He answered questions about the Cosmere, the world in which many of his novels happen simultaneously, and questions about his start:  he began writing at the age of 15, my son's age, and he wrote 13 novels before being published.  The thirteenth was Elantris, which I am reading at the moment.   He said at one time he was taking a class in computer code and it totally hi-jacked his mental ability to write.  It was interesting to hear how code writing and fantasy writing accessed the same reservoir of brain power.

At that time he was a student and working a part-time job as a hotel clerk, which he left when he got his first novel advance of a whopping $5000.  He was all in at that point.  Apart from writing, he teaches a course in creative writing at BYU.  (You can find his creative writing courses online, apparently.)  He got a really big break when he was asked to finish Robert Jordan's Wheel of Time series. He said it was the ultimate fan fiction novel.  This series will probably figure heavily into my 2015 reading list, as it's such a classic.  Also, I'd never heard of it before last year.

Besides an informative podcast (one of the few non-crafting podcasts I listen to), Brandon has an active blog with links to commentary on his books, chapter by chapter, at times;  links free ebooks; and links to pre-edited chapters from his books.  I don't spend too much time there because I don't like spoilers.

Aside from all of the traveling, teaching, and podcasting, Brandon is a freaking writing machine.  There are his novels, future graphic novels, writing retreats, and novels based on video games (Infinity Blade).  He seems to release multiple things a year and have multiple series going at all times.  This is why I'm lamenting reaching the end of the Stormlight series thus far.  The Way of Kings and Words of Radiance are two of my favorite stories now.  Like any good addict, I. Need. More.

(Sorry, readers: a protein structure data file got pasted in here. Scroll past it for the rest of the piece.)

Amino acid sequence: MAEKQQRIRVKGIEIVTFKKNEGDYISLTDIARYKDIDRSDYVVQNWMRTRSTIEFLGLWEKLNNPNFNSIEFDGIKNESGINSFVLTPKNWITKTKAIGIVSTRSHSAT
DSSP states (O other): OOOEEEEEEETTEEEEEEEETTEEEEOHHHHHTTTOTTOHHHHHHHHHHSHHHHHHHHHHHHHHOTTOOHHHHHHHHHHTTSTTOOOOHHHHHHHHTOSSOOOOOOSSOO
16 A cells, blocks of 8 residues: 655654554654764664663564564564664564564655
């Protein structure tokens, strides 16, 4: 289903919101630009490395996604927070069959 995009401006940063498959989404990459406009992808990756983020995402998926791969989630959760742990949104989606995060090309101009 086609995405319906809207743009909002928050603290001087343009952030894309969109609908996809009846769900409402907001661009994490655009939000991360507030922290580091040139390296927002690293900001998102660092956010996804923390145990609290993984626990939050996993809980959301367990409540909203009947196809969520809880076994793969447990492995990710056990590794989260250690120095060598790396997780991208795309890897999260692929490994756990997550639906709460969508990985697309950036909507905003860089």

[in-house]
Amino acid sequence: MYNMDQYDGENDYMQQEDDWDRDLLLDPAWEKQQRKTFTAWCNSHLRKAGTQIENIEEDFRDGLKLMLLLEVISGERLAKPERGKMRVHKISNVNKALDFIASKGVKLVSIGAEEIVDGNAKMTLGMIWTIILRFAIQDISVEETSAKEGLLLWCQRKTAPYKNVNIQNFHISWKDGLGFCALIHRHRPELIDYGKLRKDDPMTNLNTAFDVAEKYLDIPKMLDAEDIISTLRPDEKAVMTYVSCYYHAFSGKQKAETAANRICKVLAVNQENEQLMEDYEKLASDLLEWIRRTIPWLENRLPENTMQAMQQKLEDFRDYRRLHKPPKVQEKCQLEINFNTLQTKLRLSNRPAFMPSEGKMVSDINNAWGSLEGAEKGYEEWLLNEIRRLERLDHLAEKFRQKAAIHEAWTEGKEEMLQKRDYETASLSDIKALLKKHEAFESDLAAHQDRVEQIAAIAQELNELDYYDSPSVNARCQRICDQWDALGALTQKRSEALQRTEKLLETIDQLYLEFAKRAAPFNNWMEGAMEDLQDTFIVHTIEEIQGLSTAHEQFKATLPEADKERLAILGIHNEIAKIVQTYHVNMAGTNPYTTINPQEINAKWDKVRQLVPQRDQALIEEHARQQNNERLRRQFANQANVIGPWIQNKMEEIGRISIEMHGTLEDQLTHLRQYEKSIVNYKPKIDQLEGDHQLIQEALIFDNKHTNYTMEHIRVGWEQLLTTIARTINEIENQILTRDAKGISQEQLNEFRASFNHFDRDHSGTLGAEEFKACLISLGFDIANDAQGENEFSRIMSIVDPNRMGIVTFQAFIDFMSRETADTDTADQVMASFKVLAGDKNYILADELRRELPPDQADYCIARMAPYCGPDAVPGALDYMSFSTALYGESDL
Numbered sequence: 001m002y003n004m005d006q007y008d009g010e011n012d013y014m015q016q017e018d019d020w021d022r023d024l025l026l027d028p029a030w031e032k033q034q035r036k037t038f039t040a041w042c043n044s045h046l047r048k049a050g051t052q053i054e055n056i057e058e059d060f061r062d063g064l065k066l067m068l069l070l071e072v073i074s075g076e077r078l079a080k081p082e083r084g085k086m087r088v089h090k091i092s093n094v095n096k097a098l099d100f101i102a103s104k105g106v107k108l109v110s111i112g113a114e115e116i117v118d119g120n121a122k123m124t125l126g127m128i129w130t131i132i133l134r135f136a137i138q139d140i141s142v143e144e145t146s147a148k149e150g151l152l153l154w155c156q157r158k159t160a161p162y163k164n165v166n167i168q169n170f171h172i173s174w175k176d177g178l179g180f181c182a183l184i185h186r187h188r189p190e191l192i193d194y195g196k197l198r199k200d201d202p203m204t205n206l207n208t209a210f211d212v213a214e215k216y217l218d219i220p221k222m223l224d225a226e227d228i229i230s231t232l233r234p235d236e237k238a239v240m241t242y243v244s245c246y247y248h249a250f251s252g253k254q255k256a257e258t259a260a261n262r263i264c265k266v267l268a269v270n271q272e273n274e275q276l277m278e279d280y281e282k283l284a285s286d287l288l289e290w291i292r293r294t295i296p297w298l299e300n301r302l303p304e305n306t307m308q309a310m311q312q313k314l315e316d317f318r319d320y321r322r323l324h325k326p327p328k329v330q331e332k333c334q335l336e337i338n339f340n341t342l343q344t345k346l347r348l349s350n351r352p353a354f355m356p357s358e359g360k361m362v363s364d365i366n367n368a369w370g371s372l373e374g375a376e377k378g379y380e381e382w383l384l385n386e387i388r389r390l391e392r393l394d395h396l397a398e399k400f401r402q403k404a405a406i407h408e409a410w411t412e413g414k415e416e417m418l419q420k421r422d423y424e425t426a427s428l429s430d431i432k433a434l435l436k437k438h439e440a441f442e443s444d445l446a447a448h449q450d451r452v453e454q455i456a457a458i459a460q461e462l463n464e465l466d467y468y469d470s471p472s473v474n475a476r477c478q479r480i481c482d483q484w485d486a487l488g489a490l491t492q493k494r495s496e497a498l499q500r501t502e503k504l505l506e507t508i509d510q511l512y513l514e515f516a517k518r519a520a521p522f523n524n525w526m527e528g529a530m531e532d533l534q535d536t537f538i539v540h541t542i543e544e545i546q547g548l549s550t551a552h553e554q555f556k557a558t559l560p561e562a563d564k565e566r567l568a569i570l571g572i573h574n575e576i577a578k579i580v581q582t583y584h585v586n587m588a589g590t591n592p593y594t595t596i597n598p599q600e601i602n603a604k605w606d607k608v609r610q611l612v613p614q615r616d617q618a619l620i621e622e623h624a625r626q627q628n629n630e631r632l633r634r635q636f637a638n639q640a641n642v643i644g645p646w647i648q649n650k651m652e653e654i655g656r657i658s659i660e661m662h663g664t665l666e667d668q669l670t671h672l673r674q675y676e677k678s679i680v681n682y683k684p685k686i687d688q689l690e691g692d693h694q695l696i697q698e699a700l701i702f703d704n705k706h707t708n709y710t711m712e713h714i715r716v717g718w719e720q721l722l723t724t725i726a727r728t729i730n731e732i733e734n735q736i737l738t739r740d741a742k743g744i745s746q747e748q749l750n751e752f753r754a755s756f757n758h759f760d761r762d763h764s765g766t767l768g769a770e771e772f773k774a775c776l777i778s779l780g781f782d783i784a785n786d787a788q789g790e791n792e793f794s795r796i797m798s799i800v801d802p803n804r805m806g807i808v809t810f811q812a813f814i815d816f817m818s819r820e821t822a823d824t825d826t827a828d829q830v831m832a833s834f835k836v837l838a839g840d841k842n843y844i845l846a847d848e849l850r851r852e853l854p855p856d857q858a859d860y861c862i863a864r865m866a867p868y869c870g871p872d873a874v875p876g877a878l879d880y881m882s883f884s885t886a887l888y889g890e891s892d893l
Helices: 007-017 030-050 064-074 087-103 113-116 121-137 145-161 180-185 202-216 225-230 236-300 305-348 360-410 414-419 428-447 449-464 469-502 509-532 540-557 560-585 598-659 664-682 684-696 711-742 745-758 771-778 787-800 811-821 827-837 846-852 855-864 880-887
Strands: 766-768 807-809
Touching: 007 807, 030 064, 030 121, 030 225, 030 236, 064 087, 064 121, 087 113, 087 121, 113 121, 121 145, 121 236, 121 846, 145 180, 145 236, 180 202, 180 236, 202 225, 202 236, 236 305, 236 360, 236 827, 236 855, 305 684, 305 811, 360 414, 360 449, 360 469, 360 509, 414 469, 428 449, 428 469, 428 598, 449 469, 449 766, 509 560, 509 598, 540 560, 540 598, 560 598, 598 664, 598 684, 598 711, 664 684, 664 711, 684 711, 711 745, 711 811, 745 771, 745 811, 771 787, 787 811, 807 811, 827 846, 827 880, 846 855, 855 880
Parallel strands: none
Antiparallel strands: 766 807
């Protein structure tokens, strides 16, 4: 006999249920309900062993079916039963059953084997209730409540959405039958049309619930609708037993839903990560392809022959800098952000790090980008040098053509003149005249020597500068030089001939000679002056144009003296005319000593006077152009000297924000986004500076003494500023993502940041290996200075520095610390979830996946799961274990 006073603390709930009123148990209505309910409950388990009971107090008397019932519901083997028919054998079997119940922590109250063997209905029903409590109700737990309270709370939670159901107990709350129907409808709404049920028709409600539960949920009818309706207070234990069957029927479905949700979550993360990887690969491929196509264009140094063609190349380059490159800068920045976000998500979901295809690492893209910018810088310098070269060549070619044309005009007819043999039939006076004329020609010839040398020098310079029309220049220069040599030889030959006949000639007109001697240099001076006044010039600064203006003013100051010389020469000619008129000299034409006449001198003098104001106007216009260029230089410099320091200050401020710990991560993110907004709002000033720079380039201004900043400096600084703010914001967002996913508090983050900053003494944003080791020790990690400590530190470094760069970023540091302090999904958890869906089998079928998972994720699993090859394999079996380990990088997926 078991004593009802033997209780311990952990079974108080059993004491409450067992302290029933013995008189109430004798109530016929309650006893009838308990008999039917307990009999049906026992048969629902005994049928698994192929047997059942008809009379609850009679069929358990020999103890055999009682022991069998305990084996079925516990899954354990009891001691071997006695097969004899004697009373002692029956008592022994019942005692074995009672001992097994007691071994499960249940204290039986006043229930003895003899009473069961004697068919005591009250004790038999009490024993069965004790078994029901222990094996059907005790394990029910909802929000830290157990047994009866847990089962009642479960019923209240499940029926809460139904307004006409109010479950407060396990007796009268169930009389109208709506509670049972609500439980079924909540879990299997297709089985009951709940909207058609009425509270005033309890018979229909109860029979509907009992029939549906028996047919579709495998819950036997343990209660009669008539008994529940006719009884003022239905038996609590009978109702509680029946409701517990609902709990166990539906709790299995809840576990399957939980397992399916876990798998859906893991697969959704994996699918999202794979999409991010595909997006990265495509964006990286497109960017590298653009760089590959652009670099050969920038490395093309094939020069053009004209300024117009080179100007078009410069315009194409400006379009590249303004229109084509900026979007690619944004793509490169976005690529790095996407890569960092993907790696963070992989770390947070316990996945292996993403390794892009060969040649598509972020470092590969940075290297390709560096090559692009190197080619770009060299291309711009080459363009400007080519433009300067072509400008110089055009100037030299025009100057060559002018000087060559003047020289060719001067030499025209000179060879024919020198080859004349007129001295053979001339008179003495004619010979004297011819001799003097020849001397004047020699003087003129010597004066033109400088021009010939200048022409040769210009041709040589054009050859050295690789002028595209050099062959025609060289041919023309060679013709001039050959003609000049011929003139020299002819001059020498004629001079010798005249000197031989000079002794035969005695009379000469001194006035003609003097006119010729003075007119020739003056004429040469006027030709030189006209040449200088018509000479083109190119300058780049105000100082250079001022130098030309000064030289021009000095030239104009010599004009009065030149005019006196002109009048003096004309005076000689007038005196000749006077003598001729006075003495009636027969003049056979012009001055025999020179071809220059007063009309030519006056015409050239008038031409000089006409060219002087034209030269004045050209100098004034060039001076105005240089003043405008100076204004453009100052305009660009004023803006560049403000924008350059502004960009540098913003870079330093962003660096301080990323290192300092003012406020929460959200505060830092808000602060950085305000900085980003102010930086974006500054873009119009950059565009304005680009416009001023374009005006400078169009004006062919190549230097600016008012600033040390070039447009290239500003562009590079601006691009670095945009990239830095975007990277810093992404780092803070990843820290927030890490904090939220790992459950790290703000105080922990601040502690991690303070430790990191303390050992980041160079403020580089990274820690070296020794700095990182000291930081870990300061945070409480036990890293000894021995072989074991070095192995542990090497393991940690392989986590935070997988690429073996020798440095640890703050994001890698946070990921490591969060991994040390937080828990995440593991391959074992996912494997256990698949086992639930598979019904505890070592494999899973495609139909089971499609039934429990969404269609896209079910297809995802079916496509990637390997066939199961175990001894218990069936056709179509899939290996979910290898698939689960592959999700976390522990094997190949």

Though I mourn for the next installment, he's always churning out something new to divert my attention.  Before the book signing began, he read an excerpt from a yet-to-be published novel.  Within moments he'd created an environment unlike any I'd ever read, with intriguing characters plunked down mid-storyline, to be understood slowly as the story unfolds.  One thing I understand after finishing Words of Radiance is that I can trust that he will make everything clear eventually, and that he is good at the slowly unfolding thing.

Then we got our new copy of Firefight (his newest young adult novel), The Way of Kings (from my favorites series),  Mistborn (which my daughter just finished),  and The Rithmatist (for my son) signed.  We are total nerds.

I think these Q&A events, like seeing the Firefly and Star Trek: Next Generation panels at Comic Con, are my version of attending the theatre.  I find them thoroughly entertaining and always leave inspired.  Unless it's the Nightmare on Elm Street panel.  That was just plain silly.

Monday, January 26, 2015

Renfrew

Just two more knits and I'll have knit the entire Island book.  When I do, I'll celebrate by wearing all of it: sweater hat, mitts, scarf, and cowl all on one day.  Matching is overrated.



This is Renfrew from Jane Richmond's Island knit in Voolenvine's McGuiness worsted in the Nevermore color way.  It's a purple-y grey, like the outside of an avocado.  (This base is discontinued, but the color way can still be found in her shop. )